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Infuriatingly good
Remembering Kristopher Kolumbus

By Golnar Fozi
November 28, 2003
The Iranian

Dear Jahanshah,

You and I have never met, but I have contributed two pieces to the, both of which happened to be about my own mother ["First day of school", "But then I touch her hands"]. You published my second piece this past Mother's Day, and you embedded in it a note wishing your own mom a happy day. That's when I found out that Kristopher Kolumbus was your mom. Please accept this little note by way of my deepest condolences.

Your mother's writing had a way of infuriating me and attracting me at the same time. I read her articles a few times each, trying to figure out what she was trying to tell the reader, and becoming more confused with each reading. You could tell this lady could write and had a lyrical way with words, yet she was impossible to understand.

I swore off her articles every time, and then you would print another one and there I was again, squinting at the computer screen trying to figure out what this person was saying.

About two weeks ago, when I read the last thing you had published from her, I decided to ask someone else's opinion. I sent an Instant Message to my best friend from college, a trained journalist who did a stint as a U.S. Diplomat abroad for a few years.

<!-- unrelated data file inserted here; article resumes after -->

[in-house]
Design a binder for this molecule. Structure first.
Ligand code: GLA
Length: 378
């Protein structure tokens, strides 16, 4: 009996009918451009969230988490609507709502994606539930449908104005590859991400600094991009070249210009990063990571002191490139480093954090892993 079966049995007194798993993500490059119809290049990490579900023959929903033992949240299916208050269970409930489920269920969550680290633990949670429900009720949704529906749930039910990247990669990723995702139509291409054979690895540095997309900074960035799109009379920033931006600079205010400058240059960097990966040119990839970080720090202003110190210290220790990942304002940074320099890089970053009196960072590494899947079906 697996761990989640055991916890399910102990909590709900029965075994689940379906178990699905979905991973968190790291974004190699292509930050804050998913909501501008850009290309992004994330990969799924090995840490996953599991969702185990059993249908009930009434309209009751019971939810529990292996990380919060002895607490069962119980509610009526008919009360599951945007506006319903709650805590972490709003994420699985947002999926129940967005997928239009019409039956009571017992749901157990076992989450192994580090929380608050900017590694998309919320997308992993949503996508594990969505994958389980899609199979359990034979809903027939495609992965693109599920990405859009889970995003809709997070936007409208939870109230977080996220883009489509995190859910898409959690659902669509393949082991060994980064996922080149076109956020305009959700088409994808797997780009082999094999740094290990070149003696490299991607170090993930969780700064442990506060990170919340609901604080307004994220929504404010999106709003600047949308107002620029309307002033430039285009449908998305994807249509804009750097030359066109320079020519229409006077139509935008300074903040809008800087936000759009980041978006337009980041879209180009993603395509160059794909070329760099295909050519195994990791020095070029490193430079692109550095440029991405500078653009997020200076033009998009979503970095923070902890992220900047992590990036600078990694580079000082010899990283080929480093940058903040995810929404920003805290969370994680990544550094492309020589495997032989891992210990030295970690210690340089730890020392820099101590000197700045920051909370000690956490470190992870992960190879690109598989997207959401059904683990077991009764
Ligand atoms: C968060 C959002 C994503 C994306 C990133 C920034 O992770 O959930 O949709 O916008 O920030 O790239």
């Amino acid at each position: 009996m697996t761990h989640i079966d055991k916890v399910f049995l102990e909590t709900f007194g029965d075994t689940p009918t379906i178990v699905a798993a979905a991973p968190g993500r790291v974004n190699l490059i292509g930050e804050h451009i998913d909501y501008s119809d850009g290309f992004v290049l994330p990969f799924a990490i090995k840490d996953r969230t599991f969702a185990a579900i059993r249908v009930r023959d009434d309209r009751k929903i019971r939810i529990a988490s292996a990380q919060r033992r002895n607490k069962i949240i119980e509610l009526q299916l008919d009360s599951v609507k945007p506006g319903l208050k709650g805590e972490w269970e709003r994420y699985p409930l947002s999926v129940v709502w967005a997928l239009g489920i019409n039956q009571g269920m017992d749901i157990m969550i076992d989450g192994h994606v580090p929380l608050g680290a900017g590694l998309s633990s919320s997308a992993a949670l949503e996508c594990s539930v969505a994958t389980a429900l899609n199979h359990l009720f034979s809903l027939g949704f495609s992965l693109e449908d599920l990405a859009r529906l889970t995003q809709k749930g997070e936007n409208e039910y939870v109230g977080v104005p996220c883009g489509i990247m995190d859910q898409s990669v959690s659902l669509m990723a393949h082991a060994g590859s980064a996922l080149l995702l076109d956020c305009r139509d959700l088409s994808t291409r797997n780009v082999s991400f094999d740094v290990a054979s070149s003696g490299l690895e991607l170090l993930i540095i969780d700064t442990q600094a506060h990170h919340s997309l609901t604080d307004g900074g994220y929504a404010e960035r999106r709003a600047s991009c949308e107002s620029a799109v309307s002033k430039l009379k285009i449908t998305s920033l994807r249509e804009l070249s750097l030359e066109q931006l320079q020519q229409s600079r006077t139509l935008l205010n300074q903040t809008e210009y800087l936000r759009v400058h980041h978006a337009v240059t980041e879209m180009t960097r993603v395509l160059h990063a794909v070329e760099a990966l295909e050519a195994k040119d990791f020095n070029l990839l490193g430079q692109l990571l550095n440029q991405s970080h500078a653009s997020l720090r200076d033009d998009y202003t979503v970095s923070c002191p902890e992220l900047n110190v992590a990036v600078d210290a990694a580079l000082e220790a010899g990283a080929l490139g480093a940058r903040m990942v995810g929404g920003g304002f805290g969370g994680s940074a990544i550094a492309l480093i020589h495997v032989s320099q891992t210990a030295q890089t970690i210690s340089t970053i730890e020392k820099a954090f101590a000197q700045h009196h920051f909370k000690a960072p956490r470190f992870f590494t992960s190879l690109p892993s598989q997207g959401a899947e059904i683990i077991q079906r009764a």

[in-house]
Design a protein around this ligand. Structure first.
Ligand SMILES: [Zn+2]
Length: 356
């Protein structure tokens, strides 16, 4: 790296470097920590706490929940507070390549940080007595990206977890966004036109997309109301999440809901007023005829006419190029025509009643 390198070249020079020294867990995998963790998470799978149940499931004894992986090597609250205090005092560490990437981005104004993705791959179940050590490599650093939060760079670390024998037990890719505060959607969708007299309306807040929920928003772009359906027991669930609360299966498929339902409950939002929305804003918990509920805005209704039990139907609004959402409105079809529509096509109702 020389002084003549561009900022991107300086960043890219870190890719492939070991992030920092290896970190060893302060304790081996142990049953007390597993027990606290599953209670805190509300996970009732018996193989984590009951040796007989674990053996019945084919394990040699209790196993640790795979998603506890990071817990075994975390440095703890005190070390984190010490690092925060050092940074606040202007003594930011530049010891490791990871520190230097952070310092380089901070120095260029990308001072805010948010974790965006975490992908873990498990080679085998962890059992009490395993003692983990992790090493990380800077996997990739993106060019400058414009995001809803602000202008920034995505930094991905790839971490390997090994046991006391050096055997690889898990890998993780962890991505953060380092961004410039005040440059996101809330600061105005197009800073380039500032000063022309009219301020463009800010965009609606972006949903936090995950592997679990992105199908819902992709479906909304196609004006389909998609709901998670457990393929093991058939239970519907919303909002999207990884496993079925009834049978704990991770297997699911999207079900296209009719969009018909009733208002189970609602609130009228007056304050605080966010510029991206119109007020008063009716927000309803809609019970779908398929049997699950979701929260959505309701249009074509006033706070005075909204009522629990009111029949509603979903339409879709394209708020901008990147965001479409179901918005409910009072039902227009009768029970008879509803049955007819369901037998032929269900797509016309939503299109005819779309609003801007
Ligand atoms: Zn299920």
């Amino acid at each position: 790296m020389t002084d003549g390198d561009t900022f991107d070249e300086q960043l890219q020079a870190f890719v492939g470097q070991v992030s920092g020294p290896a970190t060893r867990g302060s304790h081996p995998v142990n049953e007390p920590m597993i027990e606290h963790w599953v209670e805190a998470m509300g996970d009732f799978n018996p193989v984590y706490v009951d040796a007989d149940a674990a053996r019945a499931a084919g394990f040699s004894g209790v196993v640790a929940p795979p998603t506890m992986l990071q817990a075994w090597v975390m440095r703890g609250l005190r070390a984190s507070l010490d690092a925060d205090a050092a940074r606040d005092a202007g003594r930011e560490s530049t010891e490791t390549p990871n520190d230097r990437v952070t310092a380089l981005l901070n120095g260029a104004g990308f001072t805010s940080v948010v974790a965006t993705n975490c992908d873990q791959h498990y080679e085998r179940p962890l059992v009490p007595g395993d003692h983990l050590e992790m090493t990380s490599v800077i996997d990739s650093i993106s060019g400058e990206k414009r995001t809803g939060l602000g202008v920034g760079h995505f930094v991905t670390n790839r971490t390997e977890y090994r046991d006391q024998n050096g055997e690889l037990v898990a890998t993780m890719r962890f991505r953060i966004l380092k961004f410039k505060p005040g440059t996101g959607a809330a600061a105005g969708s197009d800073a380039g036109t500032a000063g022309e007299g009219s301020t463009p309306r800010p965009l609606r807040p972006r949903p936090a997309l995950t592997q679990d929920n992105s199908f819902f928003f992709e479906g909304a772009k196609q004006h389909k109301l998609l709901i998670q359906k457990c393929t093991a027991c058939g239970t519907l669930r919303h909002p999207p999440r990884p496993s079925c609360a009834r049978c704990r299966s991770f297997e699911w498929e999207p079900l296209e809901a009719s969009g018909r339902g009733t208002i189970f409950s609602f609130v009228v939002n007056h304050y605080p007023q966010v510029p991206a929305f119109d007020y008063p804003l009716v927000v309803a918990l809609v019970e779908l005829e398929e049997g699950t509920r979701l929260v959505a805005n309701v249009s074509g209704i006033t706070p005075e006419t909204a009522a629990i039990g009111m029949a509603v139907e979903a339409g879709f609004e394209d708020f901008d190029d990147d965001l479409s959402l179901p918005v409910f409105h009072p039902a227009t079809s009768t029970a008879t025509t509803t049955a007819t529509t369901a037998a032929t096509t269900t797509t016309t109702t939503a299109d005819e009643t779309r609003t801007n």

I asked her to go on and read the article on the front page by Kristopher Kolumbus["Shit! At the blue cafe"?]. A few minutes later, she IM'ed back, "Okay, what about this?" I asked, What do you think about it? She wrote back,

"It reminds me of one of those instant translation machines we used at the State Department where the words came out in English but and we could not quite understand what the foreign dignitary was saying."

That was a perfect description! Then my friend IM'ed again,

"But you can tell this woman can write."

What artist wouldn't be happy to know that her talent was recognized by her audience, and that she infuriated them and made them think?

I know nothing about your mother other than what I just read ["'s mother died"]- that she had traveled to Spain by herself, perhaps to devote herself to her writing and painting and poetry, and perhaps to experience life somewhere new. I imagined she enjoyed herself and worked on her art until the very end, independently, energetically, and inspired by all that she saw.

In the southern U.S., where I did part of my growing up, we say with admiration that someone like that "died with her boots on."

With warmest regards and deepest condolences to you and your family during this difficult time,

Golnar J. Fozi

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